I would have loved such a simulator at my work so I asked how much they sell for. The model I just tried was about 45.000 and a newer version goes for about 85.000. Unfortunately, this was way over the budget!

And then it was our turn for some serious track time! Here are a few pictures:

Thanks to yet another Forum friend for providing some pictures from me in the two most beautiful AMG's that day:

When the driving fun was over, I went over to the score board for the pit stop event and saw that we were beaten! Our best time of 6.58 seconds was pulverized, the new best time was 6.10! Unfortunately, this meant that we didn't win the fast lap with Jan but I know one of the winners very well and am glad for him that he won.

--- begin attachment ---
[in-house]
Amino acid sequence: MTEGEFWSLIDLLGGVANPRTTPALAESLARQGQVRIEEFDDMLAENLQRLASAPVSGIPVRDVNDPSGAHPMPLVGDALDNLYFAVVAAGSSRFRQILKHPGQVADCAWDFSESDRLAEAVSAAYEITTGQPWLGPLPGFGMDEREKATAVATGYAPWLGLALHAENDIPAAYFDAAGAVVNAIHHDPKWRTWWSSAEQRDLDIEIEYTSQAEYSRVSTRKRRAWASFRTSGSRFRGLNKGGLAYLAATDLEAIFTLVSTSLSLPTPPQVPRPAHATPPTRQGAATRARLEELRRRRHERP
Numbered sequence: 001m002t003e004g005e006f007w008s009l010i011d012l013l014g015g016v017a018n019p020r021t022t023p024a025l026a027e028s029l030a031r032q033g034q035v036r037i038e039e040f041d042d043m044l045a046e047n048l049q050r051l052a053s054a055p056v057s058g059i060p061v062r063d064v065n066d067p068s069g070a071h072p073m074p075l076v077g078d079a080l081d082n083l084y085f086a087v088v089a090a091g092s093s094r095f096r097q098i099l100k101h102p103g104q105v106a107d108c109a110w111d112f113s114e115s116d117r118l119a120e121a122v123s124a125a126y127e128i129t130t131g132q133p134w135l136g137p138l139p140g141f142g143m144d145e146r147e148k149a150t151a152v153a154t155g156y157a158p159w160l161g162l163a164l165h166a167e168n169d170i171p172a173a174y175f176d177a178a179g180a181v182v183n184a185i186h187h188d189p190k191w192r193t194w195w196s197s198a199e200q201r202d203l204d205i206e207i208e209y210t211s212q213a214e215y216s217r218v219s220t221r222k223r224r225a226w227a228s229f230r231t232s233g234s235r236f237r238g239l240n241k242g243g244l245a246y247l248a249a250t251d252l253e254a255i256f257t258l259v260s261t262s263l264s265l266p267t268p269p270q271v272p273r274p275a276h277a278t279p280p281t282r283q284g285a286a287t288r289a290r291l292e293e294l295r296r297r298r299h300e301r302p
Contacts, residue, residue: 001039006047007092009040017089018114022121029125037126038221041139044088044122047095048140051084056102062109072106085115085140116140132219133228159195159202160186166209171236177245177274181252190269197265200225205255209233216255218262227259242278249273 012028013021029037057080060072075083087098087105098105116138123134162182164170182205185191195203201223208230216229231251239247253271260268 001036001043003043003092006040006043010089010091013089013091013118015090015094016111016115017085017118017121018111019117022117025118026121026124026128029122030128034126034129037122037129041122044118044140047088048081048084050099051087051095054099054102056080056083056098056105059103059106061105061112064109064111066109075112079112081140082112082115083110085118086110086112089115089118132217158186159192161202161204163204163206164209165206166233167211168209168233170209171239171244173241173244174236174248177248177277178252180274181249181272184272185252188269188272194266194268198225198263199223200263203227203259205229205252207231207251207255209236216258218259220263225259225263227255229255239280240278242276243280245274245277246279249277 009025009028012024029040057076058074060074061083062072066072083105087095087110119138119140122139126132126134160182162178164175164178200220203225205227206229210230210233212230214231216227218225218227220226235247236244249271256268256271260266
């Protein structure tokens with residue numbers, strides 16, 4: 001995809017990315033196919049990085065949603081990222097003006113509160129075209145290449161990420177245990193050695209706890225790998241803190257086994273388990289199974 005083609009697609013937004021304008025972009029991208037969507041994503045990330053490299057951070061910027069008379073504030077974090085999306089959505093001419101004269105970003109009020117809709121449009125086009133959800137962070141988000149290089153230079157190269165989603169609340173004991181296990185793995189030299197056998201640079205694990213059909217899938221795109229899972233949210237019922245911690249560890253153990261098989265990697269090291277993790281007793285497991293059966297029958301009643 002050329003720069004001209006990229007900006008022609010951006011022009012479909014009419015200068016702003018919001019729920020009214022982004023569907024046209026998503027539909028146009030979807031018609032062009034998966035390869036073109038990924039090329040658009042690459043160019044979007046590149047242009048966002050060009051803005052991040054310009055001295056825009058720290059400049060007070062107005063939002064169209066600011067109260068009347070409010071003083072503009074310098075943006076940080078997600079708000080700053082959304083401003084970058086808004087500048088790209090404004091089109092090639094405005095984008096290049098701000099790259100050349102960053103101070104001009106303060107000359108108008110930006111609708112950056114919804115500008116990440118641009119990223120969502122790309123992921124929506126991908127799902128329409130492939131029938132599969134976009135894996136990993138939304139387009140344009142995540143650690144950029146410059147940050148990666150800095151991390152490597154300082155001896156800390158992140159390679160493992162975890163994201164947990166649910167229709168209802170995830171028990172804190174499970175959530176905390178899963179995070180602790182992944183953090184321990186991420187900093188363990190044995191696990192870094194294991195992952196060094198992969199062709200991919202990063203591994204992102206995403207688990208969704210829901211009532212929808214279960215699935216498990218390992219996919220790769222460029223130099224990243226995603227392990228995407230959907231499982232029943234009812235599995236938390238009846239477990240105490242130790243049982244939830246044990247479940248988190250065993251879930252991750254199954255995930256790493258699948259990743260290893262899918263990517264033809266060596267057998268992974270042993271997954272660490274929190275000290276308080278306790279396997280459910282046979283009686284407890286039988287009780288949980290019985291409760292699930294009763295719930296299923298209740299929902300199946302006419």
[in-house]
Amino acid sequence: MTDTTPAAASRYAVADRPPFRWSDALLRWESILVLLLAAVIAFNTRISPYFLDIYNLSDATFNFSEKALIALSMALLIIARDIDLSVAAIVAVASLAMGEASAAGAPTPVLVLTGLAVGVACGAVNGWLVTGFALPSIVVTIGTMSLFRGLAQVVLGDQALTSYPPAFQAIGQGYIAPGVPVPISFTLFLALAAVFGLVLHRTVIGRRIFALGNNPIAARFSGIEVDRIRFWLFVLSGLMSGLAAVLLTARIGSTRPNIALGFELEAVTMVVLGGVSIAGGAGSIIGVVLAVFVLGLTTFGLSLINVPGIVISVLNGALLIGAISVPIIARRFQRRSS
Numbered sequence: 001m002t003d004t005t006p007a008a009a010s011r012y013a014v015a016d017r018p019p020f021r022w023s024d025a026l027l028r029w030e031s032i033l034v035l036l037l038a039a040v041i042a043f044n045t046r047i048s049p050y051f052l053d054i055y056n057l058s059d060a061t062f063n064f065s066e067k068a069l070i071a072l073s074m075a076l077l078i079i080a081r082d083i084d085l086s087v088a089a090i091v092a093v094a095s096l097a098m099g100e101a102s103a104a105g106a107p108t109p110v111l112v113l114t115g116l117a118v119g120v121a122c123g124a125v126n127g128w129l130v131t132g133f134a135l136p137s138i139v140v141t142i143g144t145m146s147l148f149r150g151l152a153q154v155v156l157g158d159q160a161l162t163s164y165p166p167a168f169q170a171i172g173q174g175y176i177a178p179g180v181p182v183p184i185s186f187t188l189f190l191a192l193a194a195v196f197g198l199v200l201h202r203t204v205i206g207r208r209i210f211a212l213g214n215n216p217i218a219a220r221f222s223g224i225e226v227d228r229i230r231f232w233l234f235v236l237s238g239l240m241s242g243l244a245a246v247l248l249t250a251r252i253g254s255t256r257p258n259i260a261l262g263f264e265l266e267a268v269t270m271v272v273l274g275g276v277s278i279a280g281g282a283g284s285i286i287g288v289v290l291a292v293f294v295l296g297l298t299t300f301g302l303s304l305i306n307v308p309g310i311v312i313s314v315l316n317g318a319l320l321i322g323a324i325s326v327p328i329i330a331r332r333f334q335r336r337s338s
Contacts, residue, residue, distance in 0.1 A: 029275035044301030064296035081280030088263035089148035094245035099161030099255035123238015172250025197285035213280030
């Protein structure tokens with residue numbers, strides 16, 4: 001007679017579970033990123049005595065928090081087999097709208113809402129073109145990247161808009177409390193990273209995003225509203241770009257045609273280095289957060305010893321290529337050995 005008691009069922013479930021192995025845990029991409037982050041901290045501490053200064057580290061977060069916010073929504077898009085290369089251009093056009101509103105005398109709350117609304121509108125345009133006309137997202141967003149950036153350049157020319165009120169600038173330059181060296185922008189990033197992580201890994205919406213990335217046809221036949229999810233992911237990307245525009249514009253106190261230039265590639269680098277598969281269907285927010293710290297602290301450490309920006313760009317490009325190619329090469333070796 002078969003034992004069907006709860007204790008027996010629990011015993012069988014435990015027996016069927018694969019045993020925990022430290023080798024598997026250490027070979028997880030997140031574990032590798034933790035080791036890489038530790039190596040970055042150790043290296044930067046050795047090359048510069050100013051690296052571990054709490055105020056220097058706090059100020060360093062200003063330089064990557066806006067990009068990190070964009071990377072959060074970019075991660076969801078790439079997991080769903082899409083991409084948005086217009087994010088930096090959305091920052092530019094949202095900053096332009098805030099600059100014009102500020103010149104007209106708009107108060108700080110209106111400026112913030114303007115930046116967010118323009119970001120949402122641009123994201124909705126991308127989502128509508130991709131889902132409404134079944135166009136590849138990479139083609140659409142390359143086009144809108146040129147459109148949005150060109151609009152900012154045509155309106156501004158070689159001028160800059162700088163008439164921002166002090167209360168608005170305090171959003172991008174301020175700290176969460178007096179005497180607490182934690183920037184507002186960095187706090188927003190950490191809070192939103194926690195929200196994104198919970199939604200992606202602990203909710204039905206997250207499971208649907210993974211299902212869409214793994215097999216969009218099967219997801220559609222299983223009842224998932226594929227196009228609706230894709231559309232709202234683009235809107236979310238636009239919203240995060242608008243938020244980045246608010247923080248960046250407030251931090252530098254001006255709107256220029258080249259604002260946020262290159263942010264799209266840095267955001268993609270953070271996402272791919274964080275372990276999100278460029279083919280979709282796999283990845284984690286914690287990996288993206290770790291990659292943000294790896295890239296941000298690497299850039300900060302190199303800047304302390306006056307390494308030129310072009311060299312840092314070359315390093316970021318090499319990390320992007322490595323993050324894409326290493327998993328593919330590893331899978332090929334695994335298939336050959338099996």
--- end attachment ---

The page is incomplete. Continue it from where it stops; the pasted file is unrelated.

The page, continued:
Here you see him getting in the car with Jan.

The rest of us were all listening to the squealing of the tires as Jan did his utmost best to make this a lap to remember for the rest of your life! Luckily, nobody got hurt and it was time for number two to take the shotgun position next to Jan. The lead engineer from AMG started to worry when they didn't turn up as fast as expected and as a matter of fact, others started to worry too! Then, suddenly, they came by blazing at over 200 on the straight. When we asked after the ride what had happened, Jan explained that by accident he had re-enabled traction control and other unnecessary 'features'. At first, he thought he was out of gas but quickly corrected this error!